What's the Big Idea

This past weekend my friends and I were sitting around talking about the blizzard of all things, as school was cancelled Friday afternoon. Thanks to global warming, it had been a while since we had so much snow. I joked about how it'll ruin fashion week in NYC when someone replied, "well it's just clothes." I brushed it off because I am so used to people being entirely blasé about fashion and not giving a damn, even though we all know that Miranda Priestly will tell you otherwise.

Then an article on 'Explaining Fashion Week to People who Don't care about Fashion' on Four Pins popped up, which reminded me of the earlier incident. It got me thinking a lot more about fashion in general, as RTW fashion shows are only one facet of the entire industry. Why do so many dismiss fashion entirely, as something frivolous – a trivial pursuit of the wealthy and/or the superficial? Is it really "just clothes"or something more? What's the big idea?

First of all, we need just how "big" fashion is. If you look at the recently compiled Bloomberg Billionaires list in time for Davos, 5 of the top 20 richest people on Earth made their fortunes through either fashion or fashion-related industries:
  • Amancio Ortega at a net worth of $56.8B clocks in at #3, co-founder of the Inditex group, which is the parent company to Zara, Massimo Dutti, Oysho, Berschka and more.
  • at #16 is France's richest man, Bernard Arnault, head of luxury conglomerate LVMH, who is currently making headlines for trying to get a Belgium citizenship after the announcement of Flanby's tax hikes
  • directly after him at #17 is Liliane Bettencourt, Europe's wealthiest woman and owner of L'Oreal (which is the head company of Kiehl's, Lancôme, Garnier)
  • at #19 is Stefan Persson, chairman and largest shareholder of Hennes & Mauritz, affectionately known as H&M by everybody, which also operates Cheap Monday and Monki
  • To round out the top 20 at #20 is Mukesh Ambani, who runs Reliance Industries, a huge conglomerate which includes huge divisions in retail and textile (FYI: Uniqlo uses their fabrics)  
My sharing of this info is not an attempt that to lambast the 1% (or rather .00001%) for their wealth that is so popular after the Great Recession. No, it is simply to illustrate that fashion is BIG BUSINESS. It is not just about the fantasies of the your average tween shopaholic as much as people would like to believe. And this is just barely scratching the surface. I have yet to name many more major fashion players with deep pockets, such as Françoise Pinault of PPR and Phillip Green of Arcadia Group. Many other industries are also attached to the fashion industry in other sectors, whether it is in agriculture, transportation or technology.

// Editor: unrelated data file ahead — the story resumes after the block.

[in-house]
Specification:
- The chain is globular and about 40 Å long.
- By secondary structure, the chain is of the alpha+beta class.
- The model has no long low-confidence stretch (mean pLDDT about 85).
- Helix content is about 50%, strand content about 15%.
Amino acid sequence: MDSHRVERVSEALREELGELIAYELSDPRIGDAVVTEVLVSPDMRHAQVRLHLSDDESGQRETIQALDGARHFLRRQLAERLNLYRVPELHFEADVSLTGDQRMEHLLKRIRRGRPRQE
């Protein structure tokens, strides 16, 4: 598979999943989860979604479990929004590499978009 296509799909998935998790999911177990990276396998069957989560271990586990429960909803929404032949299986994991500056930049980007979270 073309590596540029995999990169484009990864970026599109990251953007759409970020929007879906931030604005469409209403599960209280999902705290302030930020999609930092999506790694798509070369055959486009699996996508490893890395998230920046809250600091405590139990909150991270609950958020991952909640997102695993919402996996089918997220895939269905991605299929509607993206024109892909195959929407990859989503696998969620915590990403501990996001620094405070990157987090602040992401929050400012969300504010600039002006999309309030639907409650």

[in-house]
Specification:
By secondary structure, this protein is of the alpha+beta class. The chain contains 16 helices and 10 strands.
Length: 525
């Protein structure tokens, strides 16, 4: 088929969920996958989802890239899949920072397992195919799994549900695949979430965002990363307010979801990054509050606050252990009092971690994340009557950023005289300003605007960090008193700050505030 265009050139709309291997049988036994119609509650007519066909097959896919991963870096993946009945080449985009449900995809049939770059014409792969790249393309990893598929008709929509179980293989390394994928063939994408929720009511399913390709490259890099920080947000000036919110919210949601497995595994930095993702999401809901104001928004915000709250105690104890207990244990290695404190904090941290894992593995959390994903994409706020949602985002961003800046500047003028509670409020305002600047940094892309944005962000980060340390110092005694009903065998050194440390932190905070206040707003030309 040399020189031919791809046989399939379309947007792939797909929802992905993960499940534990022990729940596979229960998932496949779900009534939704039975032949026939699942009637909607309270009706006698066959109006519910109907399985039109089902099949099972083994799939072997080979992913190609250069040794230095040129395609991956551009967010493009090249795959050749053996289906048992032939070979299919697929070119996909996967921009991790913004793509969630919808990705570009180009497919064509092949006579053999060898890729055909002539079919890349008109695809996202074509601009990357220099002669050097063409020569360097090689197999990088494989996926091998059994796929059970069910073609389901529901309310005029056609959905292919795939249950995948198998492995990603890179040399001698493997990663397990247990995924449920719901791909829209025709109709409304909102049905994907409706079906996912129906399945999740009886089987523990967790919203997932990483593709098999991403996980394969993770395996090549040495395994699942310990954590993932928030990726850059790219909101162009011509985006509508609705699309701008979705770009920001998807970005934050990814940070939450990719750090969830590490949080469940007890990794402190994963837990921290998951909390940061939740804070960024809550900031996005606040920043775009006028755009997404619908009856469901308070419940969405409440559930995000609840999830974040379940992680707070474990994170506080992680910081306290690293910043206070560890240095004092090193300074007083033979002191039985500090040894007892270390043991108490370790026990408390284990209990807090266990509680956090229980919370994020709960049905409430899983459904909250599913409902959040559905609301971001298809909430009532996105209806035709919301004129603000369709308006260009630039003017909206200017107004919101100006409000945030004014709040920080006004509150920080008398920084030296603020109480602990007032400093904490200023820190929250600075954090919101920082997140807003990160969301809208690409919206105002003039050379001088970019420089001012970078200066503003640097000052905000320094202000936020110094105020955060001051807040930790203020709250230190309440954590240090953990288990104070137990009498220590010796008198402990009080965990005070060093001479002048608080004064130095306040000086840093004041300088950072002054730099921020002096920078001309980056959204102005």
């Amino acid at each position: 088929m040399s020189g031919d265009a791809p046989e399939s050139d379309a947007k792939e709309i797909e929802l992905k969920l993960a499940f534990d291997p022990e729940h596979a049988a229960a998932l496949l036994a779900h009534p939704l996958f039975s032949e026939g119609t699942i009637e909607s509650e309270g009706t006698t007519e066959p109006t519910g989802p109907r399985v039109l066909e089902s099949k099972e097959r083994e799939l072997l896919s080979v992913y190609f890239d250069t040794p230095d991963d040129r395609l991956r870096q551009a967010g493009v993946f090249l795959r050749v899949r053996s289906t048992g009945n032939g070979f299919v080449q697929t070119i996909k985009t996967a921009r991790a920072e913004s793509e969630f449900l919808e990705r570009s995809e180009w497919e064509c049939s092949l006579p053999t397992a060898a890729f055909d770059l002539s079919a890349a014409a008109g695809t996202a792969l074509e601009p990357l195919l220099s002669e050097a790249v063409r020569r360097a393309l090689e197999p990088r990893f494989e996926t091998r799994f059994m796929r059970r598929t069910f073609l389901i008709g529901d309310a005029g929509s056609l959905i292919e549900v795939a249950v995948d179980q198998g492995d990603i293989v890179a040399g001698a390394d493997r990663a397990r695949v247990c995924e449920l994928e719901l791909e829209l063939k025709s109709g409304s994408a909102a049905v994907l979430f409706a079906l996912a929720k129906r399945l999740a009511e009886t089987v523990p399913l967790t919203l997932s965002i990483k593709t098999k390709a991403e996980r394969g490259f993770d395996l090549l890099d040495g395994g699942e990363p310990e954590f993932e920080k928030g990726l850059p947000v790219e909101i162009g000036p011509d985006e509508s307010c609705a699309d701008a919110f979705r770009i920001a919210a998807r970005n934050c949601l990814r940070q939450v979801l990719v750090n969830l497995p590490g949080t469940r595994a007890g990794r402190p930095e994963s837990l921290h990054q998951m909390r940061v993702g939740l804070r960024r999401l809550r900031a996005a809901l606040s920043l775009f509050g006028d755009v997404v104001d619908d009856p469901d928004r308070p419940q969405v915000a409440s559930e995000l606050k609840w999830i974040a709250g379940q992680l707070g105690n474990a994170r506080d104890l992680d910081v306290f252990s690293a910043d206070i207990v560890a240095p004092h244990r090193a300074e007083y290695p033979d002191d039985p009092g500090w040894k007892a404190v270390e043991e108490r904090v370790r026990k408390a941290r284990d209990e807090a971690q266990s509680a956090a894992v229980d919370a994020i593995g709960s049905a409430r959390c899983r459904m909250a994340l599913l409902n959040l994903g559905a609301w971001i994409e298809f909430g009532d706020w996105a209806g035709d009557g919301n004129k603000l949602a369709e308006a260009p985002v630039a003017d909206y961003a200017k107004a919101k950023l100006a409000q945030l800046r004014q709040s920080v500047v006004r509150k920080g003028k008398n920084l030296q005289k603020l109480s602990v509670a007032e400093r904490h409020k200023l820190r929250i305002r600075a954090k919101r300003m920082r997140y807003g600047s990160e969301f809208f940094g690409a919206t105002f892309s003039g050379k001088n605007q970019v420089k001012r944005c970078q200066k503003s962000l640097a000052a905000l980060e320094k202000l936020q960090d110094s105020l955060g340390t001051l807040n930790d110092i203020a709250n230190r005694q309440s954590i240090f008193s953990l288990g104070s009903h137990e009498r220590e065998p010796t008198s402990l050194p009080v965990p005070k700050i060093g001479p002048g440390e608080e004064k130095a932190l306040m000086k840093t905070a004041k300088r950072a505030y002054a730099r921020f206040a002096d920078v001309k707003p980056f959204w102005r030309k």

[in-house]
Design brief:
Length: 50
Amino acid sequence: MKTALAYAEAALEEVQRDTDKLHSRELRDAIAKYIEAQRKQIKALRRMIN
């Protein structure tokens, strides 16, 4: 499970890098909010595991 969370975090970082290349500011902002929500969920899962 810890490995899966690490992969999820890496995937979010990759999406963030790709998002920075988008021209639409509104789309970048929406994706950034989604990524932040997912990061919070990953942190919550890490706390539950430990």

So fine, people say, it's not stupid, its a important industry but still, it's not a life or death situation here. Au contraire, I am sad to report that many have died to help sate's the world's continuous hunger for fashion. Just two week ago, reports of yet another fire in a Bangladesh factory came in, in which seven died. I am sure that such tragedies do not occur exclusively in Bangladesh but also in many other Southeast Asian countries, as well as in the world's factory, China. The fashion industry has done too well under globalization, as these "costs" are conveniently tucked far away from even the most well-meaning of consumers. 

Due to the far reaching influences of these fashion conglomerates, it is almost impossible to avoid them anywhere you go. Does this mean that you cannot buy anything from anywhere, without understanding 100% where they came from and how they are made? Ideally yes, but that would be so impractical that this would hardly be readily applicable solution. One of the many ways to inform people about the darker consequences about fashion would be to educate others – to not dismiss fashion as "just clothes." Start more conversations about fashion and what it means in the greater context other than the latest style or trend. Maybe also to learn how to curate and consume less...all in the manner of your choosing. 

Perhaps I should take my own advice and share my blog more readily to people around, to demystify the industry and discuss the grit and the grime underneath all the glamour; some food for thought and finally an update to the Curating + Collecting series that have been collecting dust for the past months. My apologies! I'm not trying to shame or guilt trip anybody and this is all hardly revolutionary but it's something that should be on the back of our minds when we make every new purchase.

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